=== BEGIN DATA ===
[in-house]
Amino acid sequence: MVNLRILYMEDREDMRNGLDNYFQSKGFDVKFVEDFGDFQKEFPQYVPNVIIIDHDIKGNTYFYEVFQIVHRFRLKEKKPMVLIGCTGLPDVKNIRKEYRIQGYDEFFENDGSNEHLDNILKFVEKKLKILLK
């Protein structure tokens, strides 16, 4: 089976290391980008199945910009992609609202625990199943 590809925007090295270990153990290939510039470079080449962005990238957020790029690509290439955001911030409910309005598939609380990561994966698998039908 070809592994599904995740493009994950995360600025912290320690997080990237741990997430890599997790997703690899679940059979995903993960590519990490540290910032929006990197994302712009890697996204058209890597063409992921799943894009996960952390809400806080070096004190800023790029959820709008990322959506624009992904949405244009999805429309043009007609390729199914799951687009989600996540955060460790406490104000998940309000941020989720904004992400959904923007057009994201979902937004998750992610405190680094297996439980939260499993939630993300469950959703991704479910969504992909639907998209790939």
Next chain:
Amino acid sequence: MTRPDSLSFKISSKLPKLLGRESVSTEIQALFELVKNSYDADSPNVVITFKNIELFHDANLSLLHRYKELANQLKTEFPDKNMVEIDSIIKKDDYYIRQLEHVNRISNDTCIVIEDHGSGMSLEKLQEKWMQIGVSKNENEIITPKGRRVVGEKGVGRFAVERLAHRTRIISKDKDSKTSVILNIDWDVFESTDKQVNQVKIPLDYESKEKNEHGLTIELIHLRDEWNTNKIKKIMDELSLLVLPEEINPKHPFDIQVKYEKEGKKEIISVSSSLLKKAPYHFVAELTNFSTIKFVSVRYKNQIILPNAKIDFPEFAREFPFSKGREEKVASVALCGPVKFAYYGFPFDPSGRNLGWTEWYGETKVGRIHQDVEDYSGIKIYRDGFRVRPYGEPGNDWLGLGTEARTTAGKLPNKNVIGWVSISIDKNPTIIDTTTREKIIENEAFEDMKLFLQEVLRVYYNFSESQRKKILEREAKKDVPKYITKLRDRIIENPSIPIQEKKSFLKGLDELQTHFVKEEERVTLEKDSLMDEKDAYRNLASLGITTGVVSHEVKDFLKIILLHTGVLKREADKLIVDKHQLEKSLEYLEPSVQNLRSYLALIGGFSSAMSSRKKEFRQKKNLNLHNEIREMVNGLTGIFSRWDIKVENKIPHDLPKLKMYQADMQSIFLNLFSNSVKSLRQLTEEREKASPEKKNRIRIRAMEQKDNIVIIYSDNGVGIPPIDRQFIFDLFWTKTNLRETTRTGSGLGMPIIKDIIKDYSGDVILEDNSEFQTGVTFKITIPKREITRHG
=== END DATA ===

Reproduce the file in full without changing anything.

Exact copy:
[in-house]
Amino acid sequence: MVNLRILYMEDREDMRNGLDNYFQSKGFDVKFVEDFGDFQKEFPQYVPNVIIIDHDIKGNTYFYEVFQIVHRFRLKEKKPMVLIGCTGLPDVKNIRKEYRIQGYDEFFENDGSNEHLDNILKFVEKKLKILLK
């Protein structure tokens, strides 16, 4: 089976290391980008199945910009992609609202625990199943 590809925007090295270990153990290939510039470079080449962005990238957020790029690509290439955001911030409910309005598939609380990561994966698998039908 070809592994599904995740493009994950995360600025912290320690997080990237741990997430890599997790997703690899679940059979995903993960590519990490540290910032929006990197994302712009890697996204058209890597063409992921799943894009996960952390809400806080070096004190800023790029959820709008990322959506624009992904949405244009999805429309043009007609390729199914799951687009989600996540955060460790406490104000998940309000941020989720904004992400959904923007057009994201979902937004998750992610405190680094297996439980939260499993939630993300469950959703991704479910969504992909639907998209790939």
Next chain:
Amino acid sequence: MTRPDSLSFKISSKLPKLLGRESVSTEIQALFELVKNSYDADSPNVVITFKNIELFHDANLSLLHRYKELANQLKTEFPDKNMVEIDSIIKKDDYYIRQLEHVNRISNDTCIVIEDHGSGMSLEKLQEKWMQIGVSKNENEIITPKGRRVVGEKGVGRFAVERLAHRTRIISKDKDSKTSVILNIDWDVFESTDKQVNQVKIPLDYESKEKNEHGLTIELIHLRDEWNTNKIKKIMDELSLLVLPEEINPKHPFDIQVKYEKEGKKEIISVSSSLLKKAPYHFVAELTNFSTIKFVSVRYKNQIILPNAKIDFPEFAREFPFSKGREEKVASVALCGPVKFAYYGFPFDPSGRNLGWTEWYGETKVGRIHQDVEDYSGIKIYRDGFRVRPYGEPGNDWLGLGTEARTTAGKLPNKNVIGWVSISIDKNPTIIDTTTREKIIENEAFEDMKLFLQEVLRVYYNFSESQRKKILEREAKKDVPKYITKLRDRIIENPSIPIQEKKSFLKGLDELQTHFVKEEERVTLEKDSLMDEKDAYRNLASLGITTGVVSHEVKDFLKIILLHTGVLKREADKLIVDKHQLEKSLEYLEPSVQNLRSYLALIGGFSSAMSSRKKEFRQKKNLNLHNEIREMVNGLTGIFSRWDIKVENKIPHDLPKLKMYQADMQSIFLNLFSNSVKSLRQLTEEREKASPEKKNRIRIRAMEQKDNIVIIYSDNGVGIPPIDRQFIFDLFWTKTNLRETTRTGSGLGMPIIKDIIKDYSGDVILEDNSEFQTGVTFKITIPKREITRHG